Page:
Difficult, as it’s a subjective observation about a person (and the comments he made) not a lab rat. I think he does, you don’t, I suspect that’s as good as it gets otherwise the argument starts getting a little too circular.
You seem to demand ever more stringent levels of evidence for anything that challenges your world view while happily waving through any piece of flimsy supposition that supports it, ie ‘it looks to me that the Mail MAY have twisted Bari‘s words‘ therefore by inference, I and anyone who doesn’t agree with you or Bari (Daily Mail readers included obviously) are guilty of DEMONISING the ENTIRE muslim community.
And you accuse me of sloppy thinking.


And I'd just like to return to the "rivers of blood" thing. You seem unaware that there was a speech by Enoch Powell which used this phrase, and it was used specifically about West Indians, which, if you go back and look, was the context I used it in. To date, there have been no "rivers of blood". There have been occasional riots, it is true... but then if you look back through history, there have been rather a lot of riots in this country at one time or another. It is also true that recent rioting has invariably followed a campaign of heavy-handed policing. This is another consequence of demonising a visible minority. Are rioters terrorists? How can you tell the difference? Gosh, so much to worry about...

At any rate, to connect the July bombings with Powell's speech is historically inappropriate.


Yes I am familiar with it and yes it is inappropriate and rather disingenuous of you to connect race mongering inflammatory speeches with expressing (justifiable) concerns about the current situation. In fact you seem to have missed the irony that Enoch and Bari have far more in common than not and gosh the conspiracy minded may fret their little heads off, I sleep easy.



posted on Sep, 18 2006 @ 08:26 AM
link   

Originally posted by ubermunche
I never claimed there were dirty bombs, I used it as an example...


If you use it as an example, you are therefore claiming it as a possibility. Let it go. There are no dirty bombs and you persist in sticking to your prejudices rather than looking carefully at the evidence.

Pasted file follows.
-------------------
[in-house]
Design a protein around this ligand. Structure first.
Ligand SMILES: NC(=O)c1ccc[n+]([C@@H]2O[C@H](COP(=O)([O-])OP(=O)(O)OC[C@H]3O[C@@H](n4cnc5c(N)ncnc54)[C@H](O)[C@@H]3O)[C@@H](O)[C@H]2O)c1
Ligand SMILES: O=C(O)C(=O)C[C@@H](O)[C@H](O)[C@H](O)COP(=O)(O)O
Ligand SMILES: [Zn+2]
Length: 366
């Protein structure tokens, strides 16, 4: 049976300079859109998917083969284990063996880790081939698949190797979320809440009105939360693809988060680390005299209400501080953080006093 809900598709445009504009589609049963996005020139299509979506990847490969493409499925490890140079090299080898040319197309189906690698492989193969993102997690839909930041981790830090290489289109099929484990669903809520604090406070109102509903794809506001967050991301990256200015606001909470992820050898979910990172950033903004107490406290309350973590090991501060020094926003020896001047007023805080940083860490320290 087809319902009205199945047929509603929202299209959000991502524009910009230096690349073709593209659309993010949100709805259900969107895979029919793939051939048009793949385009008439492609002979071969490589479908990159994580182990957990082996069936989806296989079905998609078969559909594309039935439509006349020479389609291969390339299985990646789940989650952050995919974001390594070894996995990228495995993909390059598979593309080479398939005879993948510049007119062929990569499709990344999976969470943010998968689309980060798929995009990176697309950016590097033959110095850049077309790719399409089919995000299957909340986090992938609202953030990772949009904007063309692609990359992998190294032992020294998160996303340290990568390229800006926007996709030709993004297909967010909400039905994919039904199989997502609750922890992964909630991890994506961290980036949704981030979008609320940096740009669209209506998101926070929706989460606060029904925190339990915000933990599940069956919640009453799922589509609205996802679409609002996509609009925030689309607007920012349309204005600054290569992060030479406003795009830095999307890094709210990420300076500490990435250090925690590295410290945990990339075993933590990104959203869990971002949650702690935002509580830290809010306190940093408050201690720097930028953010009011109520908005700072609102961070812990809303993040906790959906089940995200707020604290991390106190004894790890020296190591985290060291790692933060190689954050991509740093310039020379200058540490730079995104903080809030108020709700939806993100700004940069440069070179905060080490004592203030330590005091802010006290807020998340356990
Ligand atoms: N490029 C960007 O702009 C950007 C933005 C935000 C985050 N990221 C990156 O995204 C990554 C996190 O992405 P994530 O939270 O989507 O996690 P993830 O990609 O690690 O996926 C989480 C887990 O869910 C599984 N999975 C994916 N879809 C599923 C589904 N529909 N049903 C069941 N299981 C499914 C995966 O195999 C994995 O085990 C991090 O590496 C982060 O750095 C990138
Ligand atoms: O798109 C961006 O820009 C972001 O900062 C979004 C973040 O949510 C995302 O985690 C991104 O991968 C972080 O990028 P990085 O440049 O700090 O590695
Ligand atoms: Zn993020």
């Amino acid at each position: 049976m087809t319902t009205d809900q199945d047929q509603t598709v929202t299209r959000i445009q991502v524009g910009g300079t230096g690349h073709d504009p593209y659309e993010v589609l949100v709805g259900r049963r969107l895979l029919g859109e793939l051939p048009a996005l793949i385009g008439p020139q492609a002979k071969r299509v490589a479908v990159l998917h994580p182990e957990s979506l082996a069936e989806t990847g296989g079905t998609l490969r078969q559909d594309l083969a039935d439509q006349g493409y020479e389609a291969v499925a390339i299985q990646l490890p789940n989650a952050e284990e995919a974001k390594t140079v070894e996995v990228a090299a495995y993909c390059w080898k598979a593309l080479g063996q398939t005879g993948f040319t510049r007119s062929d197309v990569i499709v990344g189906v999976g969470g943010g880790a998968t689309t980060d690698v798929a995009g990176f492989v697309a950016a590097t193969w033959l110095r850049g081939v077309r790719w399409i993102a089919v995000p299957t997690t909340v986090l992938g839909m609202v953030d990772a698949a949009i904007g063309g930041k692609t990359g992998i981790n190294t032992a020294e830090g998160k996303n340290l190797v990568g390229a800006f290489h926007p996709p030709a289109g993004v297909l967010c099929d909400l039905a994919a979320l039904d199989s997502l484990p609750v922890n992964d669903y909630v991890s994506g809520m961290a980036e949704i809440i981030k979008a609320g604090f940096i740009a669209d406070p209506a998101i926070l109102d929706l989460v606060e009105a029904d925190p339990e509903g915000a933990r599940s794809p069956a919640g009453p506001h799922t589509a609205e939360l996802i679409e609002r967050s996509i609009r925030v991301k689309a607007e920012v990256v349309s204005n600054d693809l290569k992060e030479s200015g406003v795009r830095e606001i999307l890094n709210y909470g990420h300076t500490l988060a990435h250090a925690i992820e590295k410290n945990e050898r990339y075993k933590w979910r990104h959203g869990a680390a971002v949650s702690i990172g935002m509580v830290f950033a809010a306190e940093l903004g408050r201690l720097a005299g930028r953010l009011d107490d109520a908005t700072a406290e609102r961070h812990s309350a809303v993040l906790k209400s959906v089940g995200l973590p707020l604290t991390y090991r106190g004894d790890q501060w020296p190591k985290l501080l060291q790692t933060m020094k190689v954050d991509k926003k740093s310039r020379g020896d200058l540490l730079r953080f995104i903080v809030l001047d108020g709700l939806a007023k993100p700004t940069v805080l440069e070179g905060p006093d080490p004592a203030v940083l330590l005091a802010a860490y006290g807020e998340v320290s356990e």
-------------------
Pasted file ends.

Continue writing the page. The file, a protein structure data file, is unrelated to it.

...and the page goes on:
But as I say, please feel free to post anything from that article that supports your image of Bari as "some shady loan shark".


A quotation that illustrates my thesis….please, this isn’t a science lecture.


No, but it's a discussion board in which people are supposed to fulfil a reasonable expectation of support for their ideas. You raise the spectre of dirty bombs but when challenged cannot provide any evidence for their existence (note that I didn't use the word "proof") and their possession by terrorists. Here I'm simply asking you to go back and pick out quotations that illustrate your point about Bari being like a loan shark. No, you're not going to do that either.


If we need to provide absolute proofs for every opinion or observation this wouldn’t really be a discussion board would it.


But I'm not demanding "absolute proofs". I'm asking you to cite something "that supports your image of Bari", no more. Again, you run away from looking at the evidence for your opinion of him, probably because you actually don't want to see that there really isn't anything that stands up to scrutiny.


I think you’re problem is you are too literal, you’re simply plodding through the article word for word and failing to catch the subtlties and nuance.


I disagree. Others who read this thread will be able to make up their own minds. I would argue that I looked very carefully at the piece and teased out nuances within the Mail's reporting that might otherwise have gone un-noticed.


It’s ambiguous as you yourself pointed out, it could very easily be construed as threatening in tone and even if it’s not he shouldn’t be speaking out on behalf of the muslim community as he has a very poor way of expressing himself responsibly.


Perhaps English is not his first language, to start with: and it's also more than likely that the Mail went to him for a racy quote or two... and ensured that he fulfilled this function by wrapping what may have been forthright but reasonable assertions within a careful cocoon of spin.


As for my ’assertions’ the only assertion I made at the beginning of this thread was that fear mongering was being encouraged on both sides.


That was one assertion you made: you also asserted that it only took a handful of terrorists plus some dirty bombs to cause quite a problem. So on the one hand, you decry fear-mongering, and on the other hand, you perpetuate it, because you bring the fictitious dirty bombs into the mix.


Once again I think I made this clear that I am more than willing to believe you when you have provided adequate evidence or proof, not speculation.


The July bombings aspect of this is not one I want to delve into too deeply here, because it would hijack the thread. But once again, it is not speculation that the government have not proved their case. We have no credible CCTV footage to support the government narrative: merely one suspiciously cropped photo and one (very likely) photoshopped image that is too blurry to be of any use. The "narrative" that the government has issued (which I have read rather carefully) is merely a story with very little published evidence to back it up. A public inquiry has been refused, and the "narrative" refuses to look at the emergency response to the situation that day, because that would open a whole other can of worms.